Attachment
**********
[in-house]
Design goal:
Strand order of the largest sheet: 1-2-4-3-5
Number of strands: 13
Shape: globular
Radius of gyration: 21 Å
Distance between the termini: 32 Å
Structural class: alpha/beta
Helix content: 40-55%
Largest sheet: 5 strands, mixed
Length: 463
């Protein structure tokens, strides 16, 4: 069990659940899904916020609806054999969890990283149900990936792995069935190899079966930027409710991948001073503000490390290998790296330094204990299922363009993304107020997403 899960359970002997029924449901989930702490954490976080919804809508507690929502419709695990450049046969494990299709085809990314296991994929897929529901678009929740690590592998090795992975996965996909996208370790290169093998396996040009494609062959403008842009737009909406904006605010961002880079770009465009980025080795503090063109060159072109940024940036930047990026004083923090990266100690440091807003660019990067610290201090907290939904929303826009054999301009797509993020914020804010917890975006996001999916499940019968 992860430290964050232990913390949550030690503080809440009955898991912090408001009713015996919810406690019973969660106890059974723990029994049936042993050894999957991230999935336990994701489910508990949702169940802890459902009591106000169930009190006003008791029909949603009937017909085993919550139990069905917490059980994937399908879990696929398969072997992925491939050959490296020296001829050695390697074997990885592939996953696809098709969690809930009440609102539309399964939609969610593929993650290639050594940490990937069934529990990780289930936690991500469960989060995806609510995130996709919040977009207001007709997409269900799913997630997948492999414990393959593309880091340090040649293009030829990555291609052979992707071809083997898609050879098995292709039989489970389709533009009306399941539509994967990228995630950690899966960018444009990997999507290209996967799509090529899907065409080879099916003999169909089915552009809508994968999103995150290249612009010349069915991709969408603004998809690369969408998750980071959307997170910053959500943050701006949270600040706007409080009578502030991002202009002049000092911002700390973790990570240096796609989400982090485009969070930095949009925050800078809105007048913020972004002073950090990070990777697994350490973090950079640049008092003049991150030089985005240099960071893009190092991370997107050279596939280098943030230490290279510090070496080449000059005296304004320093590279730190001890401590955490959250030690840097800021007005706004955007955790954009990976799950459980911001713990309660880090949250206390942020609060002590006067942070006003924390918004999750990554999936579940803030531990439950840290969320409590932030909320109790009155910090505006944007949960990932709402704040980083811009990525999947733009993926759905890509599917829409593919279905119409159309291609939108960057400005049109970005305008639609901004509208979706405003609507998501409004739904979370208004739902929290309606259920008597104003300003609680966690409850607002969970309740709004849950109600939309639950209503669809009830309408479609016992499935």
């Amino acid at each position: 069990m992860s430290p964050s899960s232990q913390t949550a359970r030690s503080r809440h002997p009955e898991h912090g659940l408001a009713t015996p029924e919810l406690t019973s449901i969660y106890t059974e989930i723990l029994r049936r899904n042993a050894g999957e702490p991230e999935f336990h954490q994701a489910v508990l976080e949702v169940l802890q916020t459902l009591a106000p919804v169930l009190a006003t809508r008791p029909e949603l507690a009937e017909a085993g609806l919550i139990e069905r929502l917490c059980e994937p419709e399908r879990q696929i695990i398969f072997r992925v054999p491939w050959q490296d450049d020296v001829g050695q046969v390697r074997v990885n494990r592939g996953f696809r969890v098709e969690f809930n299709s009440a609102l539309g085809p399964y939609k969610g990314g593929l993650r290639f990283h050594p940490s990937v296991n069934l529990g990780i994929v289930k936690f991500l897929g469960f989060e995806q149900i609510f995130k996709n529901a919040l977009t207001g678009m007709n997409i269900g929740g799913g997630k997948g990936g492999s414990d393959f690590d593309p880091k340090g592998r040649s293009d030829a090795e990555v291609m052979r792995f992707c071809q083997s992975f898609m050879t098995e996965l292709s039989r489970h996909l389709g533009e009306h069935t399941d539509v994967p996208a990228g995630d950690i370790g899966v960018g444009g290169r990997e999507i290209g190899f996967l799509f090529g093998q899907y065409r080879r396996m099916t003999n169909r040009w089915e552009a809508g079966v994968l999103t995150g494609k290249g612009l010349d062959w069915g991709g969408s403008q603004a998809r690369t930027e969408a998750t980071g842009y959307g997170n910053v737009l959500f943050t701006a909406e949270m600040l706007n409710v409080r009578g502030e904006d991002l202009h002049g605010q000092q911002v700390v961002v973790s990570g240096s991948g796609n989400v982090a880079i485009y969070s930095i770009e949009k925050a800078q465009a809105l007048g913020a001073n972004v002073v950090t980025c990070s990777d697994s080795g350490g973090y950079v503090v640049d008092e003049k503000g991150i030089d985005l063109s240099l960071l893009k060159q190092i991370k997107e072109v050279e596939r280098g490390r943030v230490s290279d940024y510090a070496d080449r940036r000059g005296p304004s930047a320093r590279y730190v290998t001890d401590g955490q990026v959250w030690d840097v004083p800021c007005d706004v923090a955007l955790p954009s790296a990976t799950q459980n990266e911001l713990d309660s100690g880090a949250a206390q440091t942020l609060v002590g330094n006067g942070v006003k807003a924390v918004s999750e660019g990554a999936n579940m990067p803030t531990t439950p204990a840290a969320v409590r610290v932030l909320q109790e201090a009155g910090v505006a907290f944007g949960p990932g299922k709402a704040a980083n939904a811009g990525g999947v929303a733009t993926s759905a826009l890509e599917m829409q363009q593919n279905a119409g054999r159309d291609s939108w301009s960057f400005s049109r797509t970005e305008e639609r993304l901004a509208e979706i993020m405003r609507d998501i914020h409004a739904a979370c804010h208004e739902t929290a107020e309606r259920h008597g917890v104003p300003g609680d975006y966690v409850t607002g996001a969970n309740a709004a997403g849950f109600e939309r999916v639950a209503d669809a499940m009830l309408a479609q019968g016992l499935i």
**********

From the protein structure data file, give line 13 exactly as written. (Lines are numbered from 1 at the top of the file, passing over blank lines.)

């Amino acid at each position: 069990m992860s430290p964050s899960s232990q913390t949550a359970r030690s503080r809440h002997p009955e898991h912090g659940l408001a009713t015996p029924e919810l406690t019973s449901i969660y106890t059974e989930i723990l029994r049936r899904n042993a050894g999957e702490p991230e999935f336990h954490q994701a489910v508990l976080e949702v169940l802890q916020t459902l009591a106000p919804v169930l009190a006003t809508r008791p029909e949603l507690a009937e017909a085993g609806l919550i139990e069905r929502l917490c059980e994937p419709e399908r879990q696929i695990i398969f072997r992925v054999p491939w050959q490296d450049d020296v001829g050695q046969v390697r074997v990885n494990r592939g996953f696809r969890v098709e969690f809930n299709s009440a609102l539309g085809p399964y939609k969610g990314g593929l993650r290639f990283h050594p940490s990937v296991n069934l529990g990780i994929v289930k936690f991500l897929g469960f989060e995806q149900i609510f995130k996709n529901a919040l977009t207001g678009m007709n997409i269900g929740g799913g997630k997948g990936g492999s414990d393959f690590d593309p880091k340090g592998r040649s293009d030829a090795e990555v291609m052979r792995f992707c071809q083997s992975f898609m050879t098995e996965l292709s039989r489970h996909l389709g533009e009306h069935t399941d539509v994967p996208a990228g995630d950690i370790g899966v960018g444009g290169r990997e999507i290209g190899f996967l799509f090529g093998q899907y065409r080879r396996m099916t003999n169909r040009w089915e552009a809508g079966v994968l999103t995150g494609k290249g612009l010349d062959w069915g991709g969408s403008q603004a998809r690369t930027e969408a998750t980071g842009y959307g997170n910053v737009l959500f943050t701006a909406e949270m600040l706007n409710v409080r009578g502030e904006d991002l202009h002049g605010q000092q911002v700390v961002v973790s990570g240096s991948g796609n989400v982090a880079i485009y969070s930095i770009e949009k925050a800078q465009a809105l007048g913020a001073n972004v002073v950090t980025c990070s990777d697994s080795g350490g973090y950079v503090v640049d008092e003049k503000g991150i030089d985005l063109s240099l960071l893009k060159q190092i991370k997107e072109v050279e596939r280098g490390r943030v230490s290279d940024y510090a070496d080449r940036r000059g005296p304004s930047a320093r590279y730190v290998t001890d401590g955490q990026v959250w030690d840097v004083p800021c007005d706004v923090a955007l955790p954009s790296a990976t799950q459980n990266e911001l713990d309660s100690g880090a949250a206390q440091t942020l609060v002590g330094n006067g942070v006003k807003a924390v918004s999750e660019g990554a999936n579940m990067p803030t531990t439950p204990a840290a969320v409590r610290v932030l909320q109790e201090a009155g910090v505006a907290f944007g949960p990932g299922k709402a704040a980083n939904a811009g990525g999947v929303a733009t993926s759905a826009l890509e599917m829409q363009q593919n279905a119409g054999r159309d291609s939108w301009s960057f400005s049109r797509t970005e305008e639609r993304l901004a509208e979706i993020m405003r609507d998501i914020h409004a739904a979370c804010h208004e739902t929290a107020e309606r259920h008597g917890v104003p300003g609680d975006y966690v409850t607002g996001a969970n309740a709004a997403g849950f109600e939309r999916v639950a209503d669809a499940m009830l309408a479609q019968g016992l499935i």